For the first time in 18 years, Scott Frost was back in Wood River.
On Tuesday, April 23, Frost returned to his hometown for a “Welcome Home Tailgate” at Babel’s Barn. The night served as a fundraiser for the construction of the Stick Creek Kids Child Development Center. It needs $2 million. They have raised $1.3 million so far.
The Husker head coach was the keynote speaker at the event. Around 7 p.m., he took to the stage to share stories from back when he was a high schooler, tease a guy who was a senior when he was a freshman because Frost has the caché now, and talk about the people who helped shape his life.
“It’s crazy, everywhere I go I feel like I’m the head football coach at Nebraska,” Frost said that night. “I feel like when I come back around here, I’m just Scott, and that feels good.”
But the real reunion happened about 90 minutes before he stepped in front of the 500 gathered at Babel’s.
Aub Boucher, the activities director at Wood River High School, Frost’s alma mater, got a call from a buddy Tuesday afternoon. Frost was going to be in town; get back up to the school and give him a tour.
So at 5:30, Boucher met Frost and a few other teammates for a 45-minute walk-through of the place he hasn’t ever left.
Right when you walk in the school, there’s a giant ring hanging in the center of the foyer, adorned with school records in every sport. Frost’s name is all over the place.
There’s a trophy case with pictures from Frost’s high school days, a plaque commemorating his Gatorade Player of the Year honor in 1992, another for a Nebraska High School Male Athlete of the year from 1993, an Old Spice Player of the Month honor and several more. Frost took a picture with it before moving on. His Wood River No. 7 jersey is hung up above a plaque commemorating his Husker national championship, too.
In a hallway connecting the school’s two gyms, there are team pictures hanging from all the squads who reached state. Frost’s basketball team has a picture hanging in that hallway. He remembered the names of his teammates on the court as well.
They passed by old classrooms and Frost pointed out what he learned in each.
They walked through the old gym Frost used to play in and the old locker room he used to dress in. Frost pointed out where his used to be. He saw the new gym, too, complete with a tour of the remodeled weight room.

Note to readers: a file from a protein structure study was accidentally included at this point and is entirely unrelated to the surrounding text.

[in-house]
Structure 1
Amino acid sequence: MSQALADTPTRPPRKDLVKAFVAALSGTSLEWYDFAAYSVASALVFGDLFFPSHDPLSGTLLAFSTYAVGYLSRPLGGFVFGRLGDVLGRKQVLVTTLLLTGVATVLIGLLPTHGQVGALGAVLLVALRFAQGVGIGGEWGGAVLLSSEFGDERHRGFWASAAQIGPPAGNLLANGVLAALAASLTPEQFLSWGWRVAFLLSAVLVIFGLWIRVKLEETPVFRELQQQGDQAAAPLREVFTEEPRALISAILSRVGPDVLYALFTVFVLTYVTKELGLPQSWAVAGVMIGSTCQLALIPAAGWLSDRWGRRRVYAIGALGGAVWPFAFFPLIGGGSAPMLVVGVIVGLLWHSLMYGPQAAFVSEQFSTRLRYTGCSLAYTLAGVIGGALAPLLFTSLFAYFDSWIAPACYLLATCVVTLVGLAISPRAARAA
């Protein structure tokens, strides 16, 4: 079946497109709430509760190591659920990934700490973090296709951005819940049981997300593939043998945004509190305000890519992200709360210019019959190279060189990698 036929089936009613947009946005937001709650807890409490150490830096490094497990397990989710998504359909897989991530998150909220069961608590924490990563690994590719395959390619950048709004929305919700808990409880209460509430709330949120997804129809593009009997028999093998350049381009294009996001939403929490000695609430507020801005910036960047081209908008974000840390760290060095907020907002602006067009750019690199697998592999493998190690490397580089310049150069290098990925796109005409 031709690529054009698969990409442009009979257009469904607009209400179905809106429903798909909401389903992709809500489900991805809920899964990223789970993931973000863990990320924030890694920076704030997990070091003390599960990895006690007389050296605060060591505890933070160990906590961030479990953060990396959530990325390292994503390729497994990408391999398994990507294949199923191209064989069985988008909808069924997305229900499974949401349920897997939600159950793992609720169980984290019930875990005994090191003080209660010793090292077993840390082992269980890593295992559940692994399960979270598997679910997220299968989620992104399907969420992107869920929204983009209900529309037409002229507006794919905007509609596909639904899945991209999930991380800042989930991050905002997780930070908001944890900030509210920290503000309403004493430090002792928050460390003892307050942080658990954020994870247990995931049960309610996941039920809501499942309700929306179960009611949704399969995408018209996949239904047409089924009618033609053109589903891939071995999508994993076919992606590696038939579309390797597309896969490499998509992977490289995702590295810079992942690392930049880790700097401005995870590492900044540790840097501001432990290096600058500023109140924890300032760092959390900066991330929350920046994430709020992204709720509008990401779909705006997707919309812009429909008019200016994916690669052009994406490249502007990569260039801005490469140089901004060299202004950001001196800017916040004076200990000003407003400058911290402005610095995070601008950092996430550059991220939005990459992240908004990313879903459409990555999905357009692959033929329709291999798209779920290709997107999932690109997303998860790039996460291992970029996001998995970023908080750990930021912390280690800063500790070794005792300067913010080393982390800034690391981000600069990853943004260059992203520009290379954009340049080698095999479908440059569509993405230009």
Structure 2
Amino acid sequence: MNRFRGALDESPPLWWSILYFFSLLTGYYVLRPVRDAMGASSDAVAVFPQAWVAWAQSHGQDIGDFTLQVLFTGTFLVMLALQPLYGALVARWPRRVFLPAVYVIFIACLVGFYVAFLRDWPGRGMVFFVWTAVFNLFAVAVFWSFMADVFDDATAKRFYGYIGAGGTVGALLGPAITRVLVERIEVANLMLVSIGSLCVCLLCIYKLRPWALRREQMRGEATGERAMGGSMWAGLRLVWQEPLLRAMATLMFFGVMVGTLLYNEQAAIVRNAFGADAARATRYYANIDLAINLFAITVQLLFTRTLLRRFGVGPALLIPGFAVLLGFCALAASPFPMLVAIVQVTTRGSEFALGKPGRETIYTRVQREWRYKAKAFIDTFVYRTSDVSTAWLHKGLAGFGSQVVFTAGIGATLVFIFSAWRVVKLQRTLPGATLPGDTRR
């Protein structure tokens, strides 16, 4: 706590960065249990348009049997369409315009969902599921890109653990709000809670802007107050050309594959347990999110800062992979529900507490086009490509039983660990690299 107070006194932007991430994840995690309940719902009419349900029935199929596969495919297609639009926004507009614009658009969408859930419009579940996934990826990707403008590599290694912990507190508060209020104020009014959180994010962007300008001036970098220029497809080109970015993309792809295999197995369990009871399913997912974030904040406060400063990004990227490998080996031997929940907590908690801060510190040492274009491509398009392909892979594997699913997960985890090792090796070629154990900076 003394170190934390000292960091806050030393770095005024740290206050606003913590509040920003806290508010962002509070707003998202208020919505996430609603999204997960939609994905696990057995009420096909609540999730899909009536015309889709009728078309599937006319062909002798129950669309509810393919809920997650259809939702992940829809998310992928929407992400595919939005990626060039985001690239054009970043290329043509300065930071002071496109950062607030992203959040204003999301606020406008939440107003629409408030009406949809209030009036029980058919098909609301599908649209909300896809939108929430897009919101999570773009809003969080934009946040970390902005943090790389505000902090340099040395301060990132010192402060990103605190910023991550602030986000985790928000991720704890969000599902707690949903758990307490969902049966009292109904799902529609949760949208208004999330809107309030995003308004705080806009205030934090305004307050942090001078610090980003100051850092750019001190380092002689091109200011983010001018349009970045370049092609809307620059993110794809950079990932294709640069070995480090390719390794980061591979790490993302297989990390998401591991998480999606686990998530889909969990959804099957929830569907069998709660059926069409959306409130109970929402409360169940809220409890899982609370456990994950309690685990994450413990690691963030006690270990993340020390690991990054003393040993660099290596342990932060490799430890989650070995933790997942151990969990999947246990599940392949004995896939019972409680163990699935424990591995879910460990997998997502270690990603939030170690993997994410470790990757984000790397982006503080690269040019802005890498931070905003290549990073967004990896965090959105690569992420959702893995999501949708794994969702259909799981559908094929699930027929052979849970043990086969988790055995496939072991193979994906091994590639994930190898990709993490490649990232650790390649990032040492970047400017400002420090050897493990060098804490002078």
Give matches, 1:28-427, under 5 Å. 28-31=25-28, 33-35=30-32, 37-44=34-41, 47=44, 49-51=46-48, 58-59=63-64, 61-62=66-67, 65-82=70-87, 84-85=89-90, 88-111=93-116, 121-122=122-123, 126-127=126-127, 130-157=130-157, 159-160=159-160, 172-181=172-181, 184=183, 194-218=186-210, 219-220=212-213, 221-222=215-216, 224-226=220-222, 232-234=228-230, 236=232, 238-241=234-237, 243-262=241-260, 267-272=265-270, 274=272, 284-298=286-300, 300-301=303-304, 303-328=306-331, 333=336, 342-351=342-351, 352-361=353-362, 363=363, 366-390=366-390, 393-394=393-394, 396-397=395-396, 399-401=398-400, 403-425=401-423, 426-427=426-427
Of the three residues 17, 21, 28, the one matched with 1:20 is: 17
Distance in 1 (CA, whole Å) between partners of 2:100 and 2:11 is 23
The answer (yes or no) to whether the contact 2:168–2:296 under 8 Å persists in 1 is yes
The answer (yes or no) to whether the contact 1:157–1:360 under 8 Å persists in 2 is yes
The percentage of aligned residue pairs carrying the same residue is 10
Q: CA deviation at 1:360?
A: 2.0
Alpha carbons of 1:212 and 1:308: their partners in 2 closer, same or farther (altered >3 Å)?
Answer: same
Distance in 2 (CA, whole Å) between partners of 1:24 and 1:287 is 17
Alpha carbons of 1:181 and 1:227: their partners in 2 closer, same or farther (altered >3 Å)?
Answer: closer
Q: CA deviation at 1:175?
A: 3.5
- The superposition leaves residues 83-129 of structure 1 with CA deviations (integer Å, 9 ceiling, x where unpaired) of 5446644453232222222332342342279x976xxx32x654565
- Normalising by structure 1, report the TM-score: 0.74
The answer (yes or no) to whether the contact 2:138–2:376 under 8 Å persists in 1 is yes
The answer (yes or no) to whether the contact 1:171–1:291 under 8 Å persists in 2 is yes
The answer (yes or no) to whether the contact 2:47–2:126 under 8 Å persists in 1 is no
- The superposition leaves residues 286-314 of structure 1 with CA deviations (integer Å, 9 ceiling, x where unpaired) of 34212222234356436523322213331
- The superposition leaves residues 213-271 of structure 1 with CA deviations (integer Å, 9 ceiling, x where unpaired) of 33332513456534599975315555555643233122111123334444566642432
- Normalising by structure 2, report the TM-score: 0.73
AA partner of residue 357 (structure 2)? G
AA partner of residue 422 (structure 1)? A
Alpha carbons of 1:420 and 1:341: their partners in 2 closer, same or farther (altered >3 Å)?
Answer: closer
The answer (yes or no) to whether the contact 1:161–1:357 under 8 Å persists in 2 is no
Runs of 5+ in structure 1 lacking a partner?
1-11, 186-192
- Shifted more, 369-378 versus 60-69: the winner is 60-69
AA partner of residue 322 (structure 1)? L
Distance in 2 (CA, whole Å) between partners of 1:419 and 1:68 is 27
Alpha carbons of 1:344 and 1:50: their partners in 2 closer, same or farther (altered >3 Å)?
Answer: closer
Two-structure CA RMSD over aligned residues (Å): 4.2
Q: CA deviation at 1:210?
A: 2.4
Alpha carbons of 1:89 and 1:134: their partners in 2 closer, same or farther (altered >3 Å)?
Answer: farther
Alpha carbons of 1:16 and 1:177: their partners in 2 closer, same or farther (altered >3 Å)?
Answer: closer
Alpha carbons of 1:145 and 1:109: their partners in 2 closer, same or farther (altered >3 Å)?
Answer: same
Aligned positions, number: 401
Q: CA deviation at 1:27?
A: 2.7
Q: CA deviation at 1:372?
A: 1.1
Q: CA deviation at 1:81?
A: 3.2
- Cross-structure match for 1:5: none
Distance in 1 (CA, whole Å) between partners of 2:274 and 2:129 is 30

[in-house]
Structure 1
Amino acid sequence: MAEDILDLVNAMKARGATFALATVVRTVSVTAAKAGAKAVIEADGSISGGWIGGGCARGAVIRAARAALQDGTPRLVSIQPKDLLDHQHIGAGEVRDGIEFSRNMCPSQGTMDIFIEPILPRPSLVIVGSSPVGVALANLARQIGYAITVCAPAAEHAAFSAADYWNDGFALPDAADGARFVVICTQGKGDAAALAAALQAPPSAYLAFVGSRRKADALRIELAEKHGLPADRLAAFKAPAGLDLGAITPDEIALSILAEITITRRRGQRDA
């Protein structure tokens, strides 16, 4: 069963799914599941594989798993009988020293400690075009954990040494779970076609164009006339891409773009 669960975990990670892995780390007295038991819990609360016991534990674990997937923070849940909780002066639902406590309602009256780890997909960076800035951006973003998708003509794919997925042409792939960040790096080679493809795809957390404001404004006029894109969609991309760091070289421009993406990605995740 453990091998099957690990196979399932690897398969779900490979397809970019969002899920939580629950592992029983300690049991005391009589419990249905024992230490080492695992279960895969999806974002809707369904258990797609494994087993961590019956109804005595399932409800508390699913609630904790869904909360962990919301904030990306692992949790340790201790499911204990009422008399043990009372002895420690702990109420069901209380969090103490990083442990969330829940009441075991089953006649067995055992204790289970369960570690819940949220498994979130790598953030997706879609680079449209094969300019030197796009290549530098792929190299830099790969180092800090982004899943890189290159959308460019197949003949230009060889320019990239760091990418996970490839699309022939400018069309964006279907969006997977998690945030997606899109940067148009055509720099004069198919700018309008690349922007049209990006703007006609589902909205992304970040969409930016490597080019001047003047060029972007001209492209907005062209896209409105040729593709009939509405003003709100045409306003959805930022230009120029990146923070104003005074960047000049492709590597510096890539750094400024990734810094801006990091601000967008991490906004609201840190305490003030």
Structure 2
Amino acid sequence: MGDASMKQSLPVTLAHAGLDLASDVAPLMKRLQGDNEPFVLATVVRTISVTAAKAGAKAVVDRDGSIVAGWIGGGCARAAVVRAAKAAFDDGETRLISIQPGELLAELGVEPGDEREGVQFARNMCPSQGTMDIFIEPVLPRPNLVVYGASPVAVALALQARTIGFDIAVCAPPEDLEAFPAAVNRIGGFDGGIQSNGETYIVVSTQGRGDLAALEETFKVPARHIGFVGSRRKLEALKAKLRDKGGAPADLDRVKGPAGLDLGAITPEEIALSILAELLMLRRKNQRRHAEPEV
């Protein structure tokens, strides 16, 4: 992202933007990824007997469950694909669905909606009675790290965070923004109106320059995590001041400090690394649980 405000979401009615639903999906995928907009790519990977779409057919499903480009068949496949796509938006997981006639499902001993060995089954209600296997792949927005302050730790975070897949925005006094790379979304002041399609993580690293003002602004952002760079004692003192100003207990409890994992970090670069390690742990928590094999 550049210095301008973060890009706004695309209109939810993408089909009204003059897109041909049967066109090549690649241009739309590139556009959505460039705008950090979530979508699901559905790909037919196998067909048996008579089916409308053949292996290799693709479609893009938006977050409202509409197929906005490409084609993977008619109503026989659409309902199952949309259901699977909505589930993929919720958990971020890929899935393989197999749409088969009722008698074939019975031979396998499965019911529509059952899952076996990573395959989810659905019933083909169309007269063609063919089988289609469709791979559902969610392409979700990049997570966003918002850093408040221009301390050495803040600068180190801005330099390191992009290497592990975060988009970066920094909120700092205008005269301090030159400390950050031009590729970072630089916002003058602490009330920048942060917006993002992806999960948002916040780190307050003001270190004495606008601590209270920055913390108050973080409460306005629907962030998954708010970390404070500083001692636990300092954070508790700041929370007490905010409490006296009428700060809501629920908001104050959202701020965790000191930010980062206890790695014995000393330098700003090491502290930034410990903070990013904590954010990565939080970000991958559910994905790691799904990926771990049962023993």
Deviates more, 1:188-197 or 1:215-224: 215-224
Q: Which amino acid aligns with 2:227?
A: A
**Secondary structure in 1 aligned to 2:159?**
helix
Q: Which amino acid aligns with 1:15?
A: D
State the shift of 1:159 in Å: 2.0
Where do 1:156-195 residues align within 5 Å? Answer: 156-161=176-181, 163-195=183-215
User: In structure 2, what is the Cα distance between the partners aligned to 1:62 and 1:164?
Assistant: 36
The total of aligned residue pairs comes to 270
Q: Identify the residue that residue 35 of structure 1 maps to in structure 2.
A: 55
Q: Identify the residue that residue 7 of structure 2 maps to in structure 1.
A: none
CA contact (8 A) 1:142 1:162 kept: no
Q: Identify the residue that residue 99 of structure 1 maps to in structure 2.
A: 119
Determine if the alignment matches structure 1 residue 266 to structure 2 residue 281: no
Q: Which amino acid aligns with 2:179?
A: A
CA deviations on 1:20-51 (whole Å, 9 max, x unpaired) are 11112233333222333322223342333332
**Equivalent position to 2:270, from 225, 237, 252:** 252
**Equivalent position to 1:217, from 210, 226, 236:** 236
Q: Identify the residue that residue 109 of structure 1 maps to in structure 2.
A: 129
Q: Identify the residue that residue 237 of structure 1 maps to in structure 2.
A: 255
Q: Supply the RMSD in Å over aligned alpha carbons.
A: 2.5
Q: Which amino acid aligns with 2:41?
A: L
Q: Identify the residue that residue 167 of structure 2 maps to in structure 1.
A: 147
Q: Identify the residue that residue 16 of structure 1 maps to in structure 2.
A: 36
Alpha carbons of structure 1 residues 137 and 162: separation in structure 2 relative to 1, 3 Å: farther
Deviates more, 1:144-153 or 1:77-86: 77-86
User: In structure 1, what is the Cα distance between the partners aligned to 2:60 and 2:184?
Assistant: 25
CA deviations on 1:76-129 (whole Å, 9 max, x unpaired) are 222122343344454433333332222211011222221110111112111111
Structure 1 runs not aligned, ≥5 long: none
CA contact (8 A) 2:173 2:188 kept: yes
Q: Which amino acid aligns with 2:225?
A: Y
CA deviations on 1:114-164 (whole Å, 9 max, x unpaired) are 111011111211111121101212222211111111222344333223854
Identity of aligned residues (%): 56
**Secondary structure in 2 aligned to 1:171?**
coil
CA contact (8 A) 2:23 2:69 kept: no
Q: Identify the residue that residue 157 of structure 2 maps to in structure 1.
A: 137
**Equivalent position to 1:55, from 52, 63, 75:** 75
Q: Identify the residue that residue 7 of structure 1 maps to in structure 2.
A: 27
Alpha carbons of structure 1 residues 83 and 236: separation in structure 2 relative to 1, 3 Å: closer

“The weight room he loved,” Boucher said. “He was telling us where the squat rack and stuff was.”
After about 45 minutes, Boucher suggested they go see the football field. The school put in new goalposts two years ago and Frost wanted to see how it looked.
So they walked outside and stood on the track surrounding the field. With three former teammates—Steve Spiehs, Frost’s left tackle, Eric Nielsen (Plug), Frost’s left guard, and Matt Gideon, one of Frost’s wideouts—they snapped a picture.
“The field where it all started,” Spiehs said in a text.
Boucher just sat back and watched the four reminisce. “I felt like the kid in the candy store,” he said. They talked about old times. Frost used to work on the Spiehs’ family farm when he first moved to town. He helped Nielsen move haybales on his family farm, too. Of course, they also talked about football. Frost remembered playing Battle Creek in the playoffs his last two years in school.
Frost asked about the school. About changes. About how things were going. Not Nebraska’s football coach. A Wood River alum.
“He had a glow in his eye and a big smile,” Boucher said. “Probably shook my hand five or six times and said thanks. He was really appreciative of the tour.”
After the walk-through, after the dinner, Frost hung around to take pictures. He saw people he hadn’t seen in almost two decades.
“He let his guard down a little bit, smiled a lot,” Boucher said. “He just loved it. I thought it was great. … He’s a genuine Nebraskan. He’s the best thing for us since [Tom] Osborne. I’m telling ya.”